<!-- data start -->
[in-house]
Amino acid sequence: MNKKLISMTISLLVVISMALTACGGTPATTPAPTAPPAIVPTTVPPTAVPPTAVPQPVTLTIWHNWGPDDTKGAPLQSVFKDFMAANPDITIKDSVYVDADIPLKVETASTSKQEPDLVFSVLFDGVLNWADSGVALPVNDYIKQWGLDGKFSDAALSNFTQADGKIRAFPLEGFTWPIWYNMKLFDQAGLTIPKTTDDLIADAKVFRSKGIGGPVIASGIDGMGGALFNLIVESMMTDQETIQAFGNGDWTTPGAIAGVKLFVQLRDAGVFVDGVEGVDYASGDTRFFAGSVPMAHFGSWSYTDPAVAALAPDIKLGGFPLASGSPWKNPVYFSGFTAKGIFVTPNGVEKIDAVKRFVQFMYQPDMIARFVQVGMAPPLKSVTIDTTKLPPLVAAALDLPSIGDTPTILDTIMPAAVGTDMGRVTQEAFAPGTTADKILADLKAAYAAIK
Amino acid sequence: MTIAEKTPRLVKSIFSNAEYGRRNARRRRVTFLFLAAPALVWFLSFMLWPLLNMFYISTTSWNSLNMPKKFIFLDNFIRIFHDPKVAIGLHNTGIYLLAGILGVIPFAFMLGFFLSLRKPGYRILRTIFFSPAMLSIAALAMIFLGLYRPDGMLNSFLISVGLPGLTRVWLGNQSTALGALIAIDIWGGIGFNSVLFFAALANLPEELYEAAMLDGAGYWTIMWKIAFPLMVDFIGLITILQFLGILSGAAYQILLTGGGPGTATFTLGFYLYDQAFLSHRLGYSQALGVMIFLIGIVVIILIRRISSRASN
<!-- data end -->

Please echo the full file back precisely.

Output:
[in-house]
Amino acid sequence: MNKKLISMTISLLVVISMALTACGGTPATTPAPTAPPAIVPTTVPPTAVPPTAVPQPVTLTIWHNWGPDDTKGAPLQSVFKDFMAANPDITIKDSVYVDADIPLKVETASTSKQEPDLVFSVLFDGVLNWADSGVALPVNDYIKQWGLDGKFSDAALSNFTQADGKIRAFPLEGFTWPIWYNMKLFDQAGLTIPKTTDDLIADAKVFRSKGIGGPVIASGIDGMGGALFNLIVESMMTDQETIQAFGNGDWTTPGAIAGVKLFVQLRDAGVFVDGVEGVDYASGDTRFFAGSVPMAHFGSWSYTDPAVAALAPDIKLGGFPLASGSPWKNPVYFSGFTAKGIFVTPNGVEKIDAVKRFVQFMYQPDMIARFVQVGMAPPLKSVTIDTTKLPPLVAAALDLPSIGDTPTILDTIMPAAVGTDMGRVTQEAFAPGTTADKILADLKAAYAAIK
Amino acid sequence: MTIAEKTPRLVKSIFSNAEYGRRNARRRRVTFLFLAAPALVWFLSFMLWPLLNMFYISTTSWNSLNMPKKFIFLDNFIRIFHDPKVAIGLHNTGIYLLAGILGVIPFAFMLGFFLSLRKPGYRILRTIFFSPAMLSIAALAMIFLGLYRPDGMLNSFLISVGLPGLTRVWLGNQSTALGALIAIDIWGGIGFNSVLFFAALANLPEELYEAAMLDGAGYWTIMWKIAFPLMVDFIGLITILQFLGILSGAAYQILLTGGGPGTATFTLGFYLYDQAFLSHRLGYSQALGVMIFLIGIVVIILIRRISSRASN